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Getting To Know Stockholm – Cruise Port Guide
Founded in around 1250 and now stretching across 14 islands all linked by 57 bridges, Stockholm is a truly beautiful place to visit. It’s a mixture of old medieval cobble streets, open parks and public squares, museums, galleries and a thriving outdoor café culture. It’s a friendly place, with all the trappings of the Scandinavian laid back attitudes to life. You’re sure to feel welcome and at home during your time in Stockholm. Welcome to our Stockholm cruise port guide.
Port Location and Facilities
There are two cruise terminals within the city limits of Stockholm. The closest to the main attractions of Gamla Stan is the Stadsgarden Cruise Ship Terminal, located approximately 2.5km from Gamla Stan. It is easy enough to walk following the walking route markings that have been painted on the pavement. Most cruise lines will also operate a shuttle service from here, just check the drop off location in the city centre. There is a small tourist information booth and shop selling souvenirs.
The Stockholm Cruise Centre at Frihamnen, which is 5km from Gamla Stan, is purpose built for large cruise vessels and has a terminal with shops and amenities. Whilst it is possible to walk to the city centre from here, it is much more practical to take a shuttle service which most cruise lines will operate, again just check the drop off and pick-up location.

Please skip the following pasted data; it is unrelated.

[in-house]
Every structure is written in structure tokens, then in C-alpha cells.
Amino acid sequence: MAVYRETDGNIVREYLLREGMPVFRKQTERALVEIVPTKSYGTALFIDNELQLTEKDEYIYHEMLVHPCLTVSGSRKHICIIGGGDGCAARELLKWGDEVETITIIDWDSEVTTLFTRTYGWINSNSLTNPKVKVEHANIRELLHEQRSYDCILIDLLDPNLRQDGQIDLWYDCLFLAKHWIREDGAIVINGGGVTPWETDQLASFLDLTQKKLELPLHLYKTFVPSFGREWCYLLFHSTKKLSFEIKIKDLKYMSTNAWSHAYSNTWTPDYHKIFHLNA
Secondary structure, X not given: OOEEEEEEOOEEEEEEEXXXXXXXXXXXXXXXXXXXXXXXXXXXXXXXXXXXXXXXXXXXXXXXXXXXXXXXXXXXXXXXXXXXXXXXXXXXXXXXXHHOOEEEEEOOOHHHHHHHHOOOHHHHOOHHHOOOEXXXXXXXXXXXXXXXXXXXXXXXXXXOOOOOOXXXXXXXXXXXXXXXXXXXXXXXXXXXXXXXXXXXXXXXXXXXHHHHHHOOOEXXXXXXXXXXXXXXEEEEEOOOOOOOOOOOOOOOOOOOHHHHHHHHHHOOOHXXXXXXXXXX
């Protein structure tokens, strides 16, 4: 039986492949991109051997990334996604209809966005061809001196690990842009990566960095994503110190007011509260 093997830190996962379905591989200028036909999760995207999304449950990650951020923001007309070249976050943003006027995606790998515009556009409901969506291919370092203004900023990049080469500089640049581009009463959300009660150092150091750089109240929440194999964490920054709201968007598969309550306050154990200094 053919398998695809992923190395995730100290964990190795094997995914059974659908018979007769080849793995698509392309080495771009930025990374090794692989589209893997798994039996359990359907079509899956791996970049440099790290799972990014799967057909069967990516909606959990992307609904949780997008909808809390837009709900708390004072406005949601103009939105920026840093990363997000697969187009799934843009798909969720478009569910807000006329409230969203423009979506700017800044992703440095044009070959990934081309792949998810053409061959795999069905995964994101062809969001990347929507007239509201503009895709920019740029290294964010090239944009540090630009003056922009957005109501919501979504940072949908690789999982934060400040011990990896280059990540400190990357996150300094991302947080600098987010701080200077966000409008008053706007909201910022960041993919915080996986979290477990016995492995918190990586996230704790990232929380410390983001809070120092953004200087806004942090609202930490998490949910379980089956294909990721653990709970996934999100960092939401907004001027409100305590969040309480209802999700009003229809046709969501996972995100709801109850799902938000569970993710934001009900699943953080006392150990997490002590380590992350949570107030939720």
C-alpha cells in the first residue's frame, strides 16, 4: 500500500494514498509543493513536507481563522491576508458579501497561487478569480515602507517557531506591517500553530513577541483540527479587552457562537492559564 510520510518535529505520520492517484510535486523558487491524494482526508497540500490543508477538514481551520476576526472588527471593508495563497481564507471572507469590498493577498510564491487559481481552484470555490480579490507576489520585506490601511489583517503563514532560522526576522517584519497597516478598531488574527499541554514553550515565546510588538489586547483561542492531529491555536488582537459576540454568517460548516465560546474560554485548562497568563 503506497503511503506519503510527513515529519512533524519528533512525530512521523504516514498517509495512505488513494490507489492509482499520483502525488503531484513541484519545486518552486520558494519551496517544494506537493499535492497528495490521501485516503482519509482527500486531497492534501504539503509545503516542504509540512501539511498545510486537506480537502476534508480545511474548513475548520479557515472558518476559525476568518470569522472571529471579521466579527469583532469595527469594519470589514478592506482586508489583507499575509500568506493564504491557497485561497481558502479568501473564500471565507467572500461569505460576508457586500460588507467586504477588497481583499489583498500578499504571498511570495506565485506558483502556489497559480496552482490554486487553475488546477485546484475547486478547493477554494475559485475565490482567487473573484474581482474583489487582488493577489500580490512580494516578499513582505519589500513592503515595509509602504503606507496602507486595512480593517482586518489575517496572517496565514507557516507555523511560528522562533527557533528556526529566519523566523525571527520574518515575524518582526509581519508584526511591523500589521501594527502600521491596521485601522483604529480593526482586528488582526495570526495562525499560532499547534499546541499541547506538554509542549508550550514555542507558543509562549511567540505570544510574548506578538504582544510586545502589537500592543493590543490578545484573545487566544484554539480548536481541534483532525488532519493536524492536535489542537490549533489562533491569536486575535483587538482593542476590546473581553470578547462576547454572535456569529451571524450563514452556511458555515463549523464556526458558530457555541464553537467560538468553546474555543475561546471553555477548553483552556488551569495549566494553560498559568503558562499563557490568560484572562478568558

What not to miss
Stockholm’s elegant old town and is where you’ll find pretty cobbled streets, the beautiful Royal Palace, Stockholm Cathedral, museums, touristy shops and pavement bars, cafés and restaurants. Stortorget is the main square and the heart of the old town, which is surrounded by colourful merchants houses.
Stockholm Stock Exchange Building
Located in Gamla Stan on the north side of Stortorget, this imposing building is now home to the Nobel Prize Museum with exhibits about the history of the Nobel Prize and the significant contributions of its winners.
The Royal Palace
The largest palace in Europe with 608 rooms making not just the largest, but also the grandest on the continent. The current palace dates from the 18th Century, and you can visit inside ro see several rooms including the throne room. Beneath the palace you can also visit the palace armoury, complete with the collection of historic royal carriages. The palace is protected by the Swedish Royal Guard, who you can watch each day with the changing of the guard that happens at lunchtime.
Despite its baroque exterior making it blend in with its surrounding, it is in fact 700 years old. It was adapted when the Palace was reconstructed, but its interior retains most of its Gothic features.
This striking church is the burial church of the Swedish monarchs, with all rulers from King Gustaf II Adolf (d. 1632) bar Queen Christina having been interned here. It is open to the public in the summer months.
Stockholm City Hall
Across the water from Gamla Stan, this is where the Nobel Prizes are awarded each year inside The Blue Room. Alfred Nobel, the Stockholm native who was the founder of the namesake prize, created it to recognize the work of important people in the world of science, medicine, literature and peace and offer them part of his fortune. Its interior also contains stunning architecture and a Golden Chamber with a wall mosaic made of millions of pieces of glass and gold leaf.
The Vasa Museum